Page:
Japan PM leaves hospital after check-up amid health concerns

Tokyo, Japan Updated: Aug 17, 2020, 04:08 PM(IST)

Shinzo Abe Photograph:( Reuters )

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Abe, Japan's longest-serving prime minister, left hospital after the examination

Japanese Prime Minister Shinzo Abe underwent a medical check-up in hospital on Monday, a government source said, amid concern voiced by a top official that the premier was suffering from fatigue from handling the coronavirus pandemic.

Abe, Japan's longest-serving prime minister, left hospital after the examination, Jiji news agency said.

He had the check-up at Tokyo's Keio University Hospital, the source familiar with the situation told Reuters. 

Health Minister Katsunobu Kato, a close aide to the premier, said he understood it was a regular check-up and he was "not at all" worried about Abe's health.

Also read: Japan's PM Shinzo Abe goes for check-up after coronavirus work piles on

"All I know is from media reports. And I understand it was reported as a regular check-up," Kato told reporters.

Abe gets a regular check-up twice a year, with his most recent on June 13, Kyodo news agency said, adding that Monday's visit was a follow-up to the June check-up, citing a hospital source.

Abe's office did not immediately respond to a request seeking comment.

The news follows weekend comments by Akira Amari, chairman of the ruling Liberal Democratic Party's tax panel, that Abe, 65, could be suffering from fatigue because of his continuous work over the response to the virus.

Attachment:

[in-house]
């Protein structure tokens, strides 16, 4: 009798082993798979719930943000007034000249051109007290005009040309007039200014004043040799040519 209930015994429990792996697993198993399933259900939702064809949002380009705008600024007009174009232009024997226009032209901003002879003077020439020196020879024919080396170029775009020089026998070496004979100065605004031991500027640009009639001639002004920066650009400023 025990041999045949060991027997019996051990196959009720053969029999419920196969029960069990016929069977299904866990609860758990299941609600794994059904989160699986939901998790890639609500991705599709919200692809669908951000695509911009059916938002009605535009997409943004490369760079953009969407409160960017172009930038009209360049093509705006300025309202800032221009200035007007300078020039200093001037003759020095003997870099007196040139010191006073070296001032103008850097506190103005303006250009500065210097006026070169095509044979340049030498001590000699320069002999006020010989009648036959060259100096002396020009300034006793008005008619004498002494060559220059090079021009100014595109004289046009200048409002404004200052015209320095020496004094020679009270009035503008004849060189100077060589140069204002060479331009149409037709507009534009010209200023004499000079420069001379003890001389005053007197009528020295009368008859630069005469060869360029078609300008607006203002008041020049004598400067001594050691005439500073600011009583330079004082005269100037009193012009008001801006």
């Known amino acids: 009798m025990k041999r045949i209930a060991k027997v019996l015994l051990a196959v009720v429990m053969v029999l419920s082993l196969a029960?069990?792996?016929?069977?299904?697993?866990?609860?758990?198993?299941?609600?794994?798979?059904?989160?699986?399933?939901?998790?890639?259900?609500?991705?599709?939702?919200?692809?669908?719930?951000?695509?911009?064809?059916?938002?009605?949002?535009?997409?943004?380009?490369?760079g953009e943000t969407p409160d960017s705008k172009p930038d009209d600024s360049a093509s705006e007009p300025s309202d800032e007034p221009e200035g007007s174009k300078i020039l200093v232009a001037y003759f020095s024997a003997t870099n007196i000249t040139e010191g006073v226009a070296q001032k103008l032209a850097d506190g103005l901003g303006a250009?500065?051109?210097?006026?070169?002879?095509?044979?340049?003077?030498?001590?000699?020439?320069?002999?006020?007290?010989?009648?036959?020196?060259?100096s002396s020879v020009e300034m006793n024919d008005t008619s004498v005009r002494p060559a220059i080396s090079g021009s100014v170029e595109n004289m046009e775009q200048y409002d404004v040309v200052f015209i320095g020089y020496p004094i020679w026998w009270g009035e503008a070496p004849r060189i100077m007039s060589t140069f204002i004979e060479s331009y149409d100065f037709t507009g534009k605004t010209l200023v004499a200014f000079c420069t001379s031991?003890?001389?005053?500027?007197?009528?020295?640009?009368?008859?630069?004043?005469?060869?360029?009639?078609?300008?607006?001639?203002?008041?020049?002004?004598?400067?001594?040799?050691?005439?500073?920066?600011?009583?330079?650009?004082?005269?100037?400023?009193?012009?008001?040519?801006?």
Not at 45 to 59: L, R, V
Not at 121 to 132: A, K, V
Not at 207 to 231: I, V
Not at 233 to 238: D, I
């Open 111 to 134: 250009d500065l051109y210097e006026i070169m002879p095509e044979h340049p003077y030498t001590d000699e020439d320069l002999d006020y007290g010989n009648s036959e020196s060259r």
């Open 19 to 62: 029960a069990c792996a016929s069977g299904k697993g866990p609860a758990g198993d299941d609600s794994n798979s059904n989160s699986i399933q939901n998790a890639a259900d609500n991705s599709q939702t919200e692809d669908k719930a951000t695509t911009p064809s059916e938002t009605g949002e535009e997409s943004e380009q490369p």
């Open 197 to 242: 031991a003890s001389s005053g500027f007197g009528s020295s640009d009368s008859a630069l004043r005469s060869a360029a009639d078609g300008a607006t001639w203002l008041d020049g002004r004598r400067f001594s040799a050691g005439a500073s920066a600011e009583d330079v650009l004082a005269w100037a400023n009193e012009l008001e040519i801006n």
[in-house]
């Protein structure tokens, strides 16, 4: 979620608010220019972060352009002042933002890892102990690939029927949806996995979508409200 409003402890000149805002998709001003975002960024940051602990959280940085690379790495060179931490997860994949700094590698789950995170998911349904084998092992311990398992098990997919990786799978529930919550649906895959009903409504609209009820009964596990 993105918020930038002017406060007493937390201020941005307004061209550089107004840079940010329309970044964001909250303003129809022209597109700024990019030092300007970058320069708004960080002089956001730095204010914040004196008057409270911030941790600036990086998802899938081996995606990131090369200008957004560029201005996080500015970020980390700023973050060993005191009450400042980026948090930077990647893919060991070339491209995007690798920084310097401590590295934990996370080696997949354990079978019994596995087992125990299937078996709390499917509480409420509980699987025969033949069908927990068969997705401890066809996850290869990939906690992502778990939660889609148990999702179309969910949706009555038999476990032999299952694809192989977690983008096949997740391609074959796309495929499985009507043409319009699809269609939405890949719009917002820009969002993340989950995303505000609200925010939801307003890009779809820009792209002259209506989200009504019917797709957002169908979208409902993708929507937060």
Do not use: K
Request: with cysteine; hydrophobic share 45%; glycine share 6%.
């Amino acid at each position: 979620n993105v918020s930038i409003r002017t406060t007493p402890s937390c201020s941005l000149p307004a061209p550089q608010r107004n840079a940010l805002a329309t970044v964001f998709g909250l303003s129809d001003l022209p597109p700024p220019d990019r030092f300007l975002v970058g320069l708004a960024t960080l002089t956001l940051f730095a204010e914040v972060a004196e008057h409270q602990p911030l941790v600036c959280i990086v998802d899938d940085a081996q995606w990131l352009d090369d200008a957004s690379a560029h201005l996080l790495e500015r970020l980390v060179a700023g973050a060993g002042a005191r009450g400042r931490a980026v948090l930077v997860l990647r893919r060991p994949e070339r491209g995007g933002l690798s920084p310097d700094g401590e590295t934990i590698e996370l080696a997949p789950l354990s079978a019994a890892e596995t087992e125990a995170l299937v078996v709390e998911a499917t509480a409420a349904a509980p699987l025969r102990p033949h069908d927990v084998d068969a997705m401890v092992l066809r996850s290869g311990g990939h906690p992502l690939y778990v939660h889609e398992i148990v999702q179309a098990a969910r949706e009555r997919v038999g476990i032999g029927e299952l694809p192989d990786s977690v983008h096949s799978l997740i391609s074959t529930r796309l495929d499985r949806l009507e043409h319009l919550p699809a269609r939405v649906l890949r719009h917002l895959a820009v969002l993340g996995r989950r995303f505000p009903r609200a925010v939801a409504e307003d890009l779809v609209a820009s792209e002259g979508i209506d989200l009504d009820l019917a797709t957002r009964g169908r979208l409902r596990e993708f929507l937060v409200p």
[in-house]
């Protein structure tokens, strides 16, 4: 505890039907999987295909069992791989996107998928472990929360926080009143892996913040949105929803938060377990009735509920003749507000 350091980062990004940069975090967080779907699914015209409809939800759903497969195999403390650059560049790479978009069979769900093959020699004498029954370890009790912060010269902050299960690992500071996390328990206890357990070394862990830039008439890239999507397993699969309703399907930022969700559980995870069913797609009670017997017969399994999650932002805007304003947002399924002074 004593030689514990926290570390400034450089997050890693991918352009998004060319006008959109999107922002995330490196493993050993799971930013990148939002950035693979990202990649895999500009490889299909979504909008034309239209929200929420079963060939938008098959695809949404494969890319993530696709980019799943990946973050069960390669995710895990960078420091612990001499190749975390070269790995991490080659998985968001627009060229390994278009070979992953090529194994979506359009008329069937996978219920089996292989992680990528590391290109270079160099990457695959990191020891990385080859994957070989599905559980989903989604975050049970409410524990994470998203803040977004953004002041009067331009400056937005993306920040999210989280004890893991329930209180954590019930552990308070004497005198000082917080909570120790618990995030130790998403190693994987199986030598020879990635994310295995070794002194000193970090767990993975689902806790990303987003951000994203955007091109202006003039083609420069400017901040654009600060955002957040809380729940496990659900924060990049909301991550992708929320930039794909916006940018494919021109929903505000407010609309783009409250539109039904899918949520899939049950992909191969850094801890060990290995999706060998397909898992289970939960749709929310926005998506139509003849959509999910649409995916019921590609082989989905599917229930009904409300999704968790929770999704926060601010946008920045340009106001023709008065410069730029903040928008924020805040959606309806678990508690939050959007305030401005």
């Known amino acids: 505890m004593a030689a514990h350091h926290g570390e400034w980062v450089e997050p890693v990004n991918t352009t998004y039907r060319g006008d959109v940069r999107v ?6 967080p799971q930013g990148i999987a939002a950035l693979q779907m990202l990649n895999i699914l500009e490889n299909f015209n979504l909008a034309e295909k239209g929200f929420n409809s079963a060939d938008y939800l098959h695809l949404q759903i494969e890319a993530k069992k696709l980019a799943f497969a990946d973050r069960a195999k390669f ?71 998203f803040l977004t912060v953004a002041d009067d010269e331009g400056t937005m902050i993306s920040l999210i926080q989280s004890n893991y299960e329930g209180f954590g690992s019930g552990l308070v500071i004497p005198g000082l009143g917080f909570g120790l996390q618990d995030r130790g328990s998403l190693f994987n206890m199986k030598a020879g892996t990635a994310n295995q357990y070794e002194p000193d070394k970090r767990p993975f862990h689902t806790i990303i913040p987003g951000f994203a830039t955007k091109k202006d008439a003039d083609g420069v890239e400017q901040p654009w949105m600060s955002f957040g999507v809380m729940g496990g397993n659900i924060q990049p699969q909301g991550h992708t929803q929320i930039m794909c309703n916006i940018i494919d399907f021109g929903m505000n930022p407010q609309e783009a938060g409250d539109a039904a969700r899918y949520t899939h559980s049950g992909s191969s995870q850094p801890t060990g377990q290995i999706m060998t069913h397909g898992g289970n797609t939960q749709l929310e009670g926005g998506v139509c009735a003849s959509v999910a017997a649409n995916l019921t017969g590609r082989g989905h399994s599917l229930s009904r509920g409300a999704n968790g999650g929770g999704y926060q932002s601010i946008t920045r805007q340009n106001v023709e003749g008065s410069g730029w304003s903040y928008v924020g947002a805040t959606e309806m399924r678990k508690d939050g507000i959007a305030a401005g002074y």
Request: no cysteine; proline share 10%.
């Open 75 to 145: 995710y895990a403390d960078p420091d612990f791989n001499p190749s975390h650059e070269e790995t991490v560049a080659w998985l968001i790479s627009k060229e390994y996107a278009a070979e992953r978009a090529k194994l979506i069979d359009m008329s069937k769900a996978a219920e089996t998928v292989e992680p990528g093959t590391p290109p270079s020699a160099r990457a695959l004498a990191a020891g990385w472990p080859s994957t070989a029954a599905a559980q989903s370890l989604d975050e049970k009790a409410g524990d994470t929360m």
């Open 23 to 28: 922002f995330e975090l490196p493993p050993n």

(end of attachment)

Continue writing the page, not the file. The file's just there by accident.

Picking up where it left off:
Also read: 'Comfort woman' row: Japan warns South Korea against Abe's statue

"I want him to take a break," Amari told a Fuji TV news programme on Sunday. "He has a strong sense of responsibility and feels it's wrong to take a break."

Abe, in office since 2012 in his second stint as prime minister, resigned from his first term in 2007 because of struggles with ulcerative colitis, which he now keeps under control with medication that was not previously available.

Japanese media have speculated about Abe's health this month, including detailed reports on Abe's walking speed. Weekly magazine Flash said Abe had vomited blood at his office on July 6. Reuters was unable to verify the report.

"I see the prime minister every day, and I think he has no (health) problems at all, as he has been carrying out his duties smoothly," Chief Cabinet Secretary Yoshihide Suga told an Aug. 5 news conference in response to questions following the report.

Abe has discharged regular duties in recent weeks and was last seen in public on Saturday, at a Tokyo ceremony commemorating Japan's World War Two defeat.

While there are no reports that he is unable to perform his duties, should that be the case, Deputy Prime Minister Taro Aso, who doubles as finance minister, would take over.

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